Growing up in Sierra Leone during the country’s civil war (1991-2002), David Moinina Sengeh often encountered civilians whose arms or legs had been severed by rebel fighters. Yet many of the wounded didn’t wear the prosthetic limbs that aid programs had given them. Later, as a Ph.D. student at the Massachusetts Institute of Technology, Sengeh set out to understand why.
The National Geographic Explorer learned that prosthetics often fit poorly, causing blisters, pressure sores, and pain. So he began working with U.S. military veterans, survivors of the Boston Marathon bombing, and other amputees to develop a system that uses 3D printing to make a prosthetic socket modeled from MRI scans and other data of a patient’s residual limb. The process is quick and cheap—and it creates a more comfortable fit. “It’s so soft,” Sengeh recalls one veteran saying of his personalized socket, “it’s like walking on pillows.”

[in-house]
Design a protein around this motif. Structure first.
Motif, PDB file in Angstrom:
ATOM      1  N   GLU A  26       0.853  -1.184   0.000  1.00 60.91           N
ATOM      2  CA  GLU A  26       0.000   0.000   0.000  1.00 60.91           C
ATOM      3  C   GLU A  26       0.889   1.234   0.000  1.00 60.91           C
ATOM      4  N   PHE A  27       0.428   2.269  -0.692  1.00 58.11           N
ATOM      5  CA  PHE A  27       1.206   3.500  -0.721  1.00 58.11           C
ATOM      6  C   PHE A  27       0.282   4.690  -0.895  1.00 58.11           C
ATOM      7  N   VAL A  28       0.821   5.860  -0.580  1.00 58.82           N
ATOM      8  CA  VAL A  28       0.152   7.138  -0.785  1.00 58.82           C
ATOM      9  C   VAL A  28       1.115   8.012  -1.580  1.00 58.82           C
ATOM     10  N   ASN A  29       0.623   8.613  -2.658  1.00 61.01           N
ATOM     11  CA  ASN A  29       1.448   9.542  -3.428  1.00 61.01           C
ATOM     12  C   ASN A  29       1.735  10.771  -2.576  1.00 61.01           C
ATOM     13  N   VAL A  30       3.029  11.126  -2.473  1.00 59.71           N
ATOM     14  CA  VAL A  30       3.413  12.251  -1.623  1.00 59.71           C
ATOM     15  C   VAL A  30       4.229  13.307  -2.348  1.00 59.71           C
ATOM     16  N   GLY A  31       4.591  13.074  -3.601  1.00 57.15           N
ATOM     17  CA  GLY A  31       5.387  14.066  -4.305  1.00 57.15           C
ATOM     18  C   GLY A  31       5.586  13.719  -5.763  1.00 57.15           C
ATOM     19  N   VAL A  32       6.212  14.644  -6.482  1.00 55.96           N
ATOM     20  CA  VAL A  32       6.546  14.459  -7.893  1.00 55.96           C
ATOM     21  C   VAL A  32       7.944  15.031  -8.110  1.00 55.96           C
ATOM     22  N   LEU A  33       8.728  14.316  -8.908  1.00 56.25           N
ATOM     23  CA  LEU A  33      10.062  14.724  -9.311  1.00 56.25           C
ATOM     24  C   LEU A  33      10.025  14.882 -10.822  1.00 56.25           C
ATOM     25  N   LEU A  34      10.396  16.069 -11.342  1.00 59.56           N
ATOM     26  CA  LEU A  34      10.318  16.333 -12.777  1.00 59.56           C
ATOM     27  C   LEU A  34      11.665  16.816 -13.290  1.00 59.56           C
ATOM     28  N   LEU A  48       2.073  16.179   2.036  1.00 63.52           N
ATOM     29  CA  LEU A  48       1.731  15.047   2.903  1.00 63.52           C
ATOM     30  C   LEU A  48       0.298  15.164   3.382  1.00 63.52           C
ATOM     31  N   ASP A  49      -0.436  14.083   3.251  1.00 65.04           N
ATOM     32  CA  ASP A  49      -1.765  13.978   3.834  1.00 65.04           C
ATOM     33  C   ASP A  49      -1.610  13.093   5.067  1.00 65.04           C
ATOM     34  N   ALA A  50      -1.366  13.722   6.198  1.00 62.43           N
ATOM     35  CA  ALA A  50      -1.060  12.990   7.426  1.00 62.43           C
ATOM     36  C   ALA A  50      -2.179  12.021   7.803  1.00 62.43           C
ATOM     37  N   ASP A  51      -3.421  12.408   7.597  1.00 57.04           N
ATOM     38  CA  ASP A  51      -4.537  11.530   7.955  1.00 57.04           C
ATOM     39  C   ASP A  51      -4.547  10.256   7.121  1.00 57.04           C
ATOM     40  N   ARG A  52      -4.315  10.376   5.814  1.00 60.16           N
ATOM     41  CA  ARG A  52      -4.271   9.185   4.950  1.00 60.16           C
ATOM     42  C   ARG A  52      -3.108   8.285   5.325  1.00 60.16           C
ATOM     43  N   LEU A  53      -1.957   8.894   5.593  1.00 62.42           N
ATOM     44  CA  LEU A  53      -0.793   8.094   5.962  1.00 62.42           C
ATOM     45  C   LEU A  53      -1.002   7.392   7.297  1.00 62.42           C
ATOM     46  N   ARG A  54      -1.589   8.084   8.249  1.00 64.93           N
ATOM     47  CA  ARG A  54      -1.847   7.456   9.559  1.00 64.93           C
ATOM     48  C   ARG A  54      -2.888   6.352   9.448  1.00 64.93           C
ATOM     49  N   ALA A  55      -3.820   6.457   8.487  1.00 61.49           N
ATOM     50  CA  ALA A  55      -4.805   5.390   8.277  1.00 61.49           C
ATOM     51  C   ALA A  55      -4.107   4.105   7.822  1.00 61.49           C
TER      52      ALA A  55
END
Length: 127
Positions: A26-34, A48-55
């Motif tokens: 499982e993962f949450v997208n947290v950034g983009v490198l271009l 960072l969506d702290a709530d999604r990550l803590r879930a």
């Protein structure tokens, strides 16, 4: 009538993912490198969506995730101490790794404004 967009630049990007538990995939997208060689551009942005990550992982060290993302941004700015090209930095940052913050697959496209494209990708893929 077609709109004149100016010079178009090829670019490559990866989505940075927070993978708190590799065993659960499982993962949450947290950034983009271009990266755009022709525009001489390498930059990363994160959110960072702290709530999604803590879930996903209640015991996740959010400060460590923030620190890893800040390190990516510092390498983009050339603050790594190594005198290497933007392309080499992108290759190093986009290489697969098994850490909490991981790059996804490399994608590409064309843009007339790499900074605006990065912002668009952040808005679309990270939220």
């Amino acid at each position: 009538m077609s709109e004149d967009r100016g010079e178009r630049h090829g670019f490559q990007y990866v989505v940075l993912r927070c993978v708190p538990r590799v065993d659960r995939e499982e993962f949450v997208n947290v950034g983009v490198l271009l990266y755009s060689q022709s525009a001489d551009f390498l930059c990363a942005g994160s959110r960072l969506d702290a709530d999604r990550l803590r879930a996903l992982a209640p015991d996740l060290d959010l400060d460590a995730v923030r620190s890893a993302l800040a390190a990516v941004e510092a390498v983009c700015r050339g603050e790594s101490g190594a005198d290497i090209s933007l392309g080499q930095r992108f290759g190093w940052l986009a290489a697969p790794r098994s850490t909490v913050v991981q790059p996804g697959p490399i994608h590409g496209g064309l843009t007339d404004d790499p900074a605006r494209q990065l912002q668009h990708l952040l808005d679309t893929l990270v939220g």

Today Sengeh serves as Sierra Leone’s minister of basic and senior secondary education and its first chief innovation officer. Although other researchers now carry his prosthetics work forward, he continues to advocate for his fellow citizens, with the aim of boosting their prospects and those of their nation.